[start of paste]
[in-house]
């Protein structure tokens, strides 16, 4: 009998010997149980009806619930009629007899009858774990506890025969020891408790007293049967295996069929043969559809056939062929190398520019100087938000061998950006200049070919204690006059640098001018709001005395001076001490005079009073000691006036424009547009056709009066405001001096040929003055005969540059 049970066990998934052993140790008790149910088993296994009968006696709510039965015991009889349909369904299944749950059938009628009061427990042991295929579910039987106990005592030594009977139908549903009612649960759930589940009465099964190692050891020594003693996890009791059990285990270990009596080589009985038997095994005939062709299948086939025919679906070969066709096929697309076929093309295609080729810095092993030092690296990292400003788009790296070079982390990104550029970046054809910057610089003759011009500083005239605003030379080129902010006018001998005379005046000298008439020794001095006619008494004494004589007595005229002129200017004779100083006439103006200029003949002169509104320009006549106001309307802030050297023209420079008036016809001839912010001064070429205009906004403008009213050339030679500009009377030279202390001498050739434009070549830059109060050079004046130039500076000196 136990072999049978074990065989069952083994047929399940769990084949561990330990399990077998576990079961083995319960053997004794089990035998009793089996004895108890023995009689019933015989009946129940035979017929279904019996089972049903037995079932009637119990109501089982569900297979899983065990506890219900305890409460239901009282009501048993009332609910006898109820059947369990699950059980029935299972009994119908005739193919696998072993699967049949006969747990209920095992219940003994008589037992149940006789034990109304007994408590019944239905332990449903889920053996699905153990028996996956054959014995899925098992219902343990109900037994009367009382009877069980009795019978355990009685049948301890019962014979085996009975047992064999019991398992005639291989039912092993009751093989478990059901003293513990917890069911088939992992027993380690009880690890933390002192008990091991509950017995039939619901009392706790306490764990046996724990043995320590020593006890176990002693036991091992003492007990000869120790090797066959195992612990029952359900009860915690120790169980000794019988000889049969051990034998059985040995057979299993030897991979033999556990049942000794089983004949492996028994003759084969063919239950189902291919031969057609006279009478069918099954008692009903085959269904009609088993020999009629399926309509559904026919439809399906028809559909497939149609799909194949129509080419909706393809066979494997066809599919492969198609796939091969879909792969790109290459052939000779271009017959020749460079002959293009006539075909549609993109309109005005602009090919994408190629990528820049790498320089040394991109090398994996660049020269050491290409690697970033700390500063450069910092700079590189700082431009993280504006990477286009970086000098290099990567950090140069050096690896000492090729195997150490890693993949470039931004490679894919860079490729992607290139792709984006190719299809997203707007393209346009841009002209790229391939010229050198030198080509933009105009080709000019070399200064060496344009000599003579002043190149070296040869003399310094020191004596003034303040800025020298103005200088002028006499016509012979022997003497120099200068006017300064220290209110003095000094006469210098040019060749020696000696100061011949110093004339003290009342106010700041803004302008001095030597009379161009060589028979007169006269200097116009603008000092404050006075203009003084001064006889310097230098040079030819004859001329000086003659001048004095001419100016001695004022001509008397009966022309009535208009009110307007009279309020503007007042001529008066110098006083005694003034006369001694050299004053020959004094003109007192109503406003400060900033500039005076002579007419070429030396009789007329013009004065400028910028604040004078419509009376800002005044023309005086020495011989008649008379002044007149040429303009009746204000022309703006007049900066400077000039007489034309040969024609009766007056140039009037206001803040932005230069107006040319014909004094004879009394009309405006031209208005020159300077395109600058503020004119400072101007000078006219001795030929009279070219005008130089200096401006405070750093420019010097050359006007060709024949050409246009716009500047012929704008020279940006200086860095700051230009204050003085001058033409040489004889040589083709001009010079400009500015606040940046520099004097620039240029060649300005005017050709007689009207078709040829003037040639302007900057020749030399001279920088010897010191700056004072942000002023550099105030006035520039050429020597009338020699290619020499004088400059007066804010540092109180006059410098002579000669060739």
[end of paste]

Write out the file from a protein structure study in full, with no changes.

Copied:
[in-house]
């Protein structure tokens, strides 16, 4: 009998010997149980009806619930009629007899009858774990506890025969020891408790007293049967295996069929043969559809056939062929190398520019100087938000061998950006200049070919204690006059640098001018709001005395001076001490005079009073000691006036424009547009056709009066405001001096040929003055005969540059 049970066990998934052993140790008790149910088993296994009968006696709510039965015991009889349909369904299944749950059938009628009061427990042991295929579910039987106990005592030594009977139908549903009612649960759930589940009465099964190692050891020594003693996890009791059990285990270990009596080589009985038997095994005939062709299948086939025919679906070969066709096929697309076929093309295609080729810095092993030092690296990292400003788009790296070079982390990104550029970046054809910057610089003759011009500083005239605003030379080129902010006018001998005379005046000298008439020794001095006619008494004494004589007595005229002129200017004779100083006439103006200029003949002169509104320009006549106001309307802030050297023209420079008036016809001839912010001064070429205009906004403008009213050339030679500009009377030279202390001498050739434009070549830059109060050079004046130039500076000196 136990072999049978074990065989069952083994047929399940769990084949561990330990399990077998576990079961083995319960053997004794089990035998009793089996004895108890023995009689019933015989009946129940035979017929279904019996089972049903037995079932009637119990109501089982569900297979899983065990506890219900305890409460239901009282009501048993009332609910006898109820059947369990699950059980029935299972009994119908005739193919696998072993699967049949006969747990209920095992219940003994008589037992149940006789034990109304007994408590019944239905332990449903889920053996699905153990028996996956054959014995899925098992219902343990109900037994009367009382009877069980009795019978355990009685049948301890019962014979085996009975047992064999019991398992005639291989039912092993009751093989478990059901003293513990917890069911088939992992027993380690009880690890933390002192008990091991509950017995039939619901009392706790306490764990046996724990043995320590020593006890176990002693036991091992003492007990000869120790090797066959195992612990029952359900009860915690120790169980000794019988000889049969051990034998059985040995057979299993030897991979033999556990049942000794089983004949492996028994003759084969063919239950189902291919031969057609006279009478069918099954008692009903085959269904009609088993020999009629399926309509559904026919439809399906028809559909497939149609799909194949129509080419909706393809066979494997066809599919492969198609796939091969879909792969790109290459052939000779271009017959020749460079002959293009006539075909549609993109309109005005602009090919994408190629990528820049790498320089040394991109090398994996660049020269050491290409690697970033700390500063450069910092700079590189700082431009993280504006990477286009970086000098290099990567950090140069050096690896000492090729195997150490890693993949470039931004490679894919860079490729992607290139792709984006190719299809997203707007393209346009841009002209790229391939010229050198030198080509933009105009080709000019070399200064060496344009000599003579002043190149070296040869003399310094020191004596003034303040800025020298103005200088002028006499016509012979022997003497120099200068006017300064220290209110003095000094006469210098040019060749020696000696100061011949110093004339003290009342106010700041803004302008001095030597009379161009060589028979007169006269200097116009603008000092404050006075203009003084001064006889310097230098040079030819004859001329000086003659001048004095001419100016001695004022001509008397009966022309009535208009009110307007009279309020503007007042001529008066110098006083005694003034006369001694050299004053020959004094003109007192109503406003400060900033500039005076002579007419070429030396009789007329013009004065400028910028604040004078419509009376800002005044023309005086020495011989008649008379002044007149040429303009009746204000022309703006007049900066400077000039007489034309040969024609009766007056140039009037206001803040932005230069107006040319014909004094004879009394009309405006031209208005020159300077395109600058503020004119400072101007000078006219001795030929009279070219005008130089200096401006405070750093420019010097050359006007060709024949050409246009716009500047012929704008020279940006200086860095700051230009204050003085001058033409040489004889040589083709001009010079400009500015606040940046520099004097620039240029060649300005005017050709007689009207078709040829003037040639302007900057020749030399001279920088010897010191700056004072942000002023550099105030006035520039050429020597009338020699290619020499004088400059007066804010540092109180006059410098002579000669060739």